The second-degree murder conviction of a Pierre teen has been upheld by the South Dakota Supreme Court. Justices ruled that a jury instruction given by the trial judge was legal. Two justices agreed with the majority opinion, but with reservations, saying that just because something is legal doesn't mean it should be done.

Photo courtesy of G. Michael Fenner

The U.S. Supreme Court is currently deliberating a Texas abortion case. The ruling is expected later this month.

Texas says its laws protect the health, safety, and welfare of its citizens. But opponents say the laws are designed to block the availability of the procedure.

A decisive opinion from the Supreme Court could resolve problems with certain abortion laws in South Dakota and other states, some of them hung up in appeals courts.

Photo by Laurel Hoskins

A lawsuit against Pennington County officials for violations of the Indian Child Welfare Act is moving toward resolution. A hearing in federal court at the end of May will give the state remedies for practices that violate ICWA. And last week, an issue over missing documents was resolved. SDPB's Victoria Wicks has followed this case since it was first filed in 2013.

Photo by Victoria Wicks

The U.S. Board on Geographic Names has not yet made a decision on changing the name of Harney Peak in the Black Hills. The board discussed the topic at its April meeting, held last week, but failed to come to a consensus.

Executive director Lou Yost says the board will probably take up the issue again at its June 9 or July 14 meeting.

On March 22, the South Dakota Supreme Court heard the appeal of a man convicted of kidnapping. On Thursday, April 7, the court issued a quick turnaround opinion, reversing the conviction.

Photo courtesy of Lakota Language Consortium

For a language to survive, it has to live, and a living language has to change. Speakers of the Lakota language made that realization generations ago and coined new words for new concepts.

Today, a consortium of teachers, speakers, and learners continue that work, to keep the language alive and growing.

At a weekend Lakota language workshop, instructor Ben Black Bear, Jr. says that a living language keeps a culture relevant.

Listen to audio below for the rest of this story.

The South Dakota Supreme Court says an Attorney General's ballot explanation of an initiated measure satisfies state law. That measure, which voters will consider in November, requires a cap of 36 percent interest and fees on short-term loans.

Justices upheld a lower court's refusal to look at studies showing that capped interest rates can destroy the short-term lending industry.

During oral arguments in February, plaintiffs' lawyer Alan Simpson said the Attorney General's opinion should include the damage done to the industry.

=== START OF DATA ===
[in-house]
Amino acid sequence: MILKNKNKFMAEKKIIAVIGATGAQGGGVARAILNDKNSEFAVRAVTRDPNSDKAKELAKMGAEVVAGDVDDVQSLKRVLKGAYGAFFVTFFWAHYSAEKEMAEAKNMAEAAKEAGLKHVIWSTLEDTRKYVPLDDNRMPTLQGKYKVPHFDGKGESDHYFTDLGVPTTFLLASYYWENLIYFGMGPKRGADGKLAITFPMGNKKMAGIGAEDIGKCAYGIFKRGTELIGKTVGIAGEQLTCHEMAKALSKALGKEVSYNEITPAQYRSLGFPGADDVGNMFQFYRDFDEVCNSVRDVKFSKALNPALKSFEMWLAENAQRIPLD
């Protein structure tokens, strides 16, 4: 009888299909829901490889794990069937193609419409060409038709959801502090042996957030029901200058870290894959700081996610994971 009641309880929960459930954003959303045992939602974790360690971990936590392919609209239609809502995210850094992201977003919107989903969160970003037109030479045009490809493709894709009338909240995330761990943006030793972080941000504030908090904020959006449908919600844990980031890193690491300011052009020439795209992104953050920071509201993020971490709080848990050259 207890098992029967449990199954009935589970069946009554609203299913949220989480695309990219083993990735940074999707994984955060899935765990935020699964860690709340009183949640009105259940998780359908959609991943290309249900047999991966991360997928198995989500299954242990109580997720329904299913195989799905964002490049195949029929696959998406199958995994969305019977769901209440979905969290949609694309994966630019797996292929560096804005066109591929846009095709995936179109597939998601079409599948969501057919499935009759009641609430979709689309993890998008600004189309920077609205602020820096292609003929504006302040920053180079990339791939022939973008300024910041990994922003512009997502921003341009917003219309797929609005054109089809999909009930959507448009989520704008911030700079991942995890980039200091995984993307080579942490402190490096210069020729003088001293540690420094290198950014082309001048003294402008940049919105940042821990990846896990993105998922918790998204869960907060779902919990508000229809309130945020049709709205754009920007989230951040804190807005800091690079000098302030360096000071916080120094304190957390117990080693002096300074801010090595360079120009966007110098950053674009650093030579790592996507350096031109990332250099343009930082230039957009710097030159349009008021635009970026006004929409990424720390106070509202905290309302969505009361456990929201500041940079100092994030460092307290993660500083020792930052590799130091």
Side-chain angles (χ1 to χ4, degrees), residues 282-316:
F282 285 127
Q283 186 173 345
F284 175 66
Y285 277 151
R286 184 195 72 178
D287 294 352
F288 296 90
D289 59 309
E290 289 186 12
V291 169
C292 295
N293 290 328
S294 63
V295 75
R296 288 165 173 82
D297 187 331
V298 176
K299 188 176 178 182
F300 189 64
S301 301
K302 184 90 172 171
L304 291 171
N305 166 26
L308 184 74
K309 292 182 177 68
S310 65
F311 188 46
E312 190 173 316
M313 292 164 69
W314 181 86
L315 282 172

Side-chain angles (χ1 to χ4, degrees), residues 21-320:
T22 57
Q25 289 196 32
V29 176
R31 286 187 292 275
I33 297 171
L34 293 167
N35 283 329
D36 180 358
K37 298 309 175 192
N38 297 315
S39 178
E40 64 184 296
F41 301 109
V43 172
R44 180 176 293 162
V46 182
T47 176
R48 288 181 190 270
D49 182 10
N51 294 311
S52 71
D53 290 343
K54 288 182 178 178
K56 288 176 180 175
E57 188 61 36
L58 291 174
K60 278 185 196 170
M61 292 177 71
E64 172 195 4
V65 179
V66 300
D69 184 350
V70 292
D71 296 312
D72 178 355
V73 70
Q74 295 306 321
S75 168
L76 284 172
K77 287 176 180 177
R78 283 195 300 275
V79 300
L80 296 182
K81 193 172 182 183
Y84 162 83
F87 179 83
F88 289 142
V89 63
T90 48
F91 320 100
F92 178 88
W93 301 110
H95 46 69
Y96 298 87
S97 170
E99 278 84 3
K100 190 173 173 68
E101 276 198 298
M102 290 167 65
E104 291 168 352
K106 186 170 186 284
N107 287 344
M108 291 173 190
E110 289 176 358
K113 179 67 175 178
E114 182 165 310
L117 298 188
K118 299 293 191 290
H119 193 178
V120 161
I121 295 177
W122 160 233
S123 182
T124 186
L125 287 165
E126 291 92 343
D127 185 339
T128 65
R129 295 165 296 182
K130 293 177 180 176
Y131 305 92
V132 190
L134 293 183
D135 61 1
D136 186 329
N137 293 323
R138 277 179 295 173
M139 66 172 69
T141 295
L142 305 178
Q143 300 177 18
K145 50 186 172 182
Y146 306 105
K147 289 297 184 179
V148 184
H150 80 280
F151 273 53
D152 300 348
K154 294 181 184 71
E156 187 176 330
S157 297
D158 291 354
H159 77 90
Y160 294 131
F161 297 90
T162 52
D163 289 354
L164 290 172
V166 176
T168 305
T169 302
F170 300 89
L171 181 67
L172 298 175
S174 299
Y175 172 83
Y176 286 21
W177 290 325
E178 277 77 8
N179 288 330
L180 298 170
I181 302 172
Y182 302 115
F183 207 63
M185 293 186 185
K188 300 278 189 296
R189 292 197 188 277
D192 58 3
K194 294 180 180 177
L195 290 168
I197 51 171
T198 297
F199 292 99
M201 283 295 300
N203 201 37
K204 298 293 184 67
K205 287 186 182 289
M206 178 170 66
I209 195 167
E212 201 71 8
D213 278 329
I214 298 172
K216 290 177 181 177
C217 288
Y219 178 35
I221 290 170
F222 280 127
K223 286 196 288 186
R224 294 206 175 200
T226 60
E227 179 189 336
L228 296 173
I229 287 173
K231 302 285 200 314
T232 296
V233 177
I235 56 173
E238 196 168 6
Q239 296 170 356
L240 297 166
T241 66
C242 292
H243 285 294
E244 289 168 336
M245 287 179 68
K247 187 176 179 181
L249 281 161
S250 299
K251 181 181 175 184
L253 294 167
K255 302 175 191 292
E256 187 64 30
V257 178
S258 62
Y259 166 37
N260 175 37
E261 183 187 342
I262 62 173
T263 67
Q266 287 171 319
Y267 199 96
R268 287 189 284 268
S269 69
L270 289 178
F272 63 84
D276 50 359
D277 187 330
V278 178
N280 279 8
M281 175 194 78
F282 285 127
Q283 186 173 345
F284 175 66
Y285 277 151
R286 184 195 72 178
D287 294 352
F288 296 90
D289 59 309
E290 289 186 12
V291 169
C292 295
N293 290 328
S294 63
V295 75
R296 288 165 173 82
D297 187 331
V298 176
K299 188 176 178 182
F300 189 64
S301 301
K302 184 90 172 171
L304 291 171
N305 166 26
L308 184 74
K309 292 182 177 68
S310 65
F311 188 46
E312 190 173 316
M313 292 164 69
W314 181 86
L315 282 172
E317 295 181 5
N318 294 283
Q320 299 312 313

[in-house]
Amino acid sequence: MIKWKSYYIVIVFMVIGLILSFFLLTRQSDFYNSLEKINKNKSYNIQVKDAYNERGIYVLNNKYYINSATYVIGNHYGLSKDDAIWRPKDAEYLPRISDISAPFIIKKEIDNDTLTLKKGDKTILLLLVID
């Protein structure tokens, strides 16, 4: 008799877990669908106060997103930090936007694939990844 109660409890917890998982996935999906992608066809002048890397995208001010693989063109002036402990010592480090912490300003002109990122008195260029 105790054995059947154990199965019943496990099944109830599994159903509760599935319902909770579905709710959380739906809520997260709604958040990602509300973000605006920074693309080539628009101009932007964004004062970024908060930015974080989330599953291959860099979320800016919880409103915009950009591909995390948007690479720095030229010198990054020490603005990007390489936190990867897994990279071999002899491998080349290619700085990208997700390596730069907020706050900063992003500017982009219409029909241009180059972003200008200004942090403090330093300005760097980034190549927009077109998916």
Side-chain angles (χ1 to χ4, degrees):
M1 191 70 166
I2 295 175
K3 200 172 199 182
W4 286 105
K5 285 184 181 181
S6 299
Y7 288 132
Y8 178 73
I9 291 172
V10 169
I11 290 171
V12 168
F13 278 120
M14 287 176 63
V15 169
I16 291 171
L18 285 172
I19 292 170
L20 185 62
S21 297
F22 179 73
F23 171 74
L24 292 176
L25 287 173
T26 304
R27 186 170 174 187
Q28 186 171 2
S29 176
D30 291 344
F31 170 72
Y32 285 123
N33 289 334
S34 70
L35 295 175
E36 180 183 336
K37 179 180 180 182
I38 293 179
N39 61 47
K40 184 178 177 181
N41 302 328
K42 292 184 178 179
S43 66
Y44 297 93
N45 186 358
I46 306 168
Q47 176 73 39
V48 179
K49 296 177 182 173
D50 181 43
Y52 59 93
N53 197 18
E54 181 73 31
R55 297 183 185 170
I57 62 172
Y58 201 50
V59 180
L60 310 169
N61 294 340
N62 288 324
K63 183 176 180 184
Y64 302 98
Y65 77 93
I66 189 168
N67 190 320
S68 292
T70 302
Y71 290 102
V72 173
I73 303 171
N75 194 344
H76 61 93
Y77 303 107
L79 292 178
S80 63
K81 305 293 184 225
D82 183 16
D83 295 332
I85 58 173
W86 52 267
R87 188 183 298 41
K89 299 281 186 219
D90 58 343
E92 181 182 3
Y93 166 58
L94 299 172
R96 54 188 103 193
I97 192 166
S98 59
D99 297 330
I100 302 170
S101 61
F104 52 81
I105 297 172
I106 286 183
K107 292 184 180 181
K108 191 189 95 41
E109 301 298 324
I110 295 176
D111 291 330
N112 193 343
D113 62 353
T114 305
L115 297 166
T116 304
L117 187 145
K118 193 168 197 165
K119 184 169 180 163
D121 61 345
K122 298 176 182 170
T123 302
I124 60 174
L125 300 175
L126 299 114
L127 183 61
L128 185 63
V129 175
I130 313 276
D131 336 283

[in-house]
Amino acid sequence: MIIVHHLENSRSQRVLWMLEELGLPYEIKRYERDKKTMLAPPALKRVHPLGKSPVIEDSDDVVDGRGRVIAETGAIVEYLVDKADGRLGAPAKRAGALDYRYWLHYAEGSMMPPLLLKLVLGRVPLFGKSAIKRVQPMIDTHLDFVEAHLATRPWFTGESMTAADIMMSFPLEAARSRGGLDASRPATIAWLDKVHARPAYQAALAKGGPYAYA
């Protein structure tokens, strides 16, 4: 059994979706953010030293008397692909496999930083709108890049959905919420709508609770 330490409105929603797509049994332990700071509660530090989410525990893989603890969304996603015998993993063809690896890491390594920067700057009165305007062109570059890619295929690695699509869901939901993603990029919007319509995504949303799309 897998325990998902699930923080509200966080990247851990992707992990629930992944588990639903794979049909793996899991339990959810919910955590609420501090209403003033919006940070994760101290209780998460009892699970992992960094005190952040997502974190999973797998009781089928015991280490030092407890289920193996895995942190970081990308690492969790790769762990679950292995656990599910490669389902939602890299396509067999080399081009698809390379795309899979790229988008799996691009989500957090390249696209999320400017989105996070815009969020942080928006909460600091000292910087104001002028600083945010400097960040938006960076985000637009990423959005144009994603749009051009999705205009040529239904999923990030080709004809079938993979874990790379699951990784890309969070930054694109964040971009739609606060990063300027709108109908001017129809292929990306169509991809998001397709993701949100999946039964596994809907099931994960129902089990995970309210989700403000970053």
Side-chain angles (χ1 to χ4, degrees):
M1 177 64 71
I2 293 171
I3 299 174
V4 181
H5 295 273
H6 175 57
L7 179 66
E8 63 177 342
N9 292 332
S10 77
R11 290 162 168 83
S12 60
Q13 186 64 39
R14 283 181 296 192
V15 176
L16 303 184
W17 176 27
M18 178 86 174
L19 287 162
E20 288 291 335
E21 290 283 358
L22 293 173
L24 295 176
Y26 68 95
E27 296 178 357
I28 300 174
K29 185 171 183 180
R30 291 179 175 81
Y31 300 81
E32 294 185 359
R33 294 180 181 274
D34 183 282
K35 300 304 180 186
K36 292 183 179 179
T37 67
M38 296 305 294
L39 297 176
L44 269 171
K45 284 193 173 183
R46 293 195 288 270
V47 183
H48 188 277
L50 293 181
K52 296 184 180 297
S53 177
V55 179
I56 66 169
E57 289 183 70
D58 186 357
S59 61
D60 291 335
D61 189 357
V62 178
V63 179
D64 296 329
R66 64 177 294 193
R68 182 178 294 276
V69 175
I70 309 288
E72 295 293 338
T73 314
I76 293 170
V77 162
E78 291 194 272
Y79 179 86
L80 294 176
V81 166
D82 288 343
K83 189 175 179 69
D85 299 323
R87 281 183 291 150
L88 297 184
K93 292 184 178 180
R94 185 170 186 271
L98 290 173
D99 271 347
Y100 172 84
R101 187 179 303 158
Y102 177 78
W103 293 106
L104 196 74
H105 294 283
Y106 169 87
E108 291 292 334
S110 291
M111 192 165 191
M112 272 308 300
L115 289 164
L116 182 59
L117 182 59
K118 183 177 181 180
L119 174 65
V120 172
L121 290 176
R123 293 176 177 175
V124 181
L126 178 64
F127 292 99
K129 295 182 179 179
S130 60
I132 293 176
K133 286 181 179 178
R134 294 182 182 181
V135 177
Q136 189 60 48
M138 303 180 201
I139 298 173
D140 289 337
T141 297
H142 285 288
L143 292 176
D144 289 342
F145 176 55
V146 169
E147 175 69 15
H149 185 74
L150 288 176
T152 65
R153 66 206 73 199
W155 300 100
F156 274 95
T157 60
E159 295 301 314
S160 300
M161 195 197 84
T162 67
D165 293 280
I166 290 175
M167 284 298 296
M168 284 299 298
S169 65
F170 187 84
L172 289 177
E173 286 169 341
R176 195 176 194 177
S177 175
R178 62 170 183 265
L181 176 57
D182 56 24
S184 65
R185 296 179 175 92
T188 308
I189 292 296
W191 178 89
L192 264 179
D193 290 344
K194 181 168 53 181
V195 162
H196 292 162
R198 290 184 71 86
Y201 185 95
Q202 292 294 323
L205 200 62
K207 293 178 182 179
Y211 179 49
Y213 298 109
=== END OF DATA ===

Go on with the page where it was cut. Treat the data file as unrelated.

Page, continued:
Photo courtesy of U.S. Attorney

A former state Department of Revenue employee is accused of defrauding banks and their customers in four states and wiring much of the money to coconspirators in Nigeria.

A 13-page indictment on file with South Dakota federal court lays out the allegations against 69-year-0ld Steven Arthur Knigge. They include wire fraud, bank fraud, money laundering, conspiracy, and tampering.

The South Dakota Supreme Court heard arguments Tuesday, March 22, in an appeal from a Sioux Falls man who says he was too intoxicated at the time of the crime to have formed intent to commit it. His attorney says the trial judge should have instructed the jury on specific intent as it relates to voluntary intoxication. But the state says the defense attorney made those points through evidence and closing arguments.

A New York man whose daughter was killed by a drunk driver in South Dakota says his family intends to attempt an initiated measure to designate vehicular homicide as a crime of violence.

Maegan Spindler and Robert Klumb were killed at Pickstown by Ronald Ray Fischer in July 2013. He was sentenced to the maximum 15 years for each death, to be served consecutively. For a nonviolent crime, he'll come up for parole after serving 30 percent of the sentence.

Legislative Research Council

In July 2013, Ronald Ray Fischer sped through a stop sign and killed two people who were standing in a Pickstown parking lot. First Circuit Judge Bruce Anderson did not find that Fischer's manslaughter charges fit the circumstances and instead found Fischer guilty of two counts of vehicular homicide.

The South Dakota Legislature is now batting around versions of a bill designed to ensure that egregiously impaired drivers who cause death face greater penalties.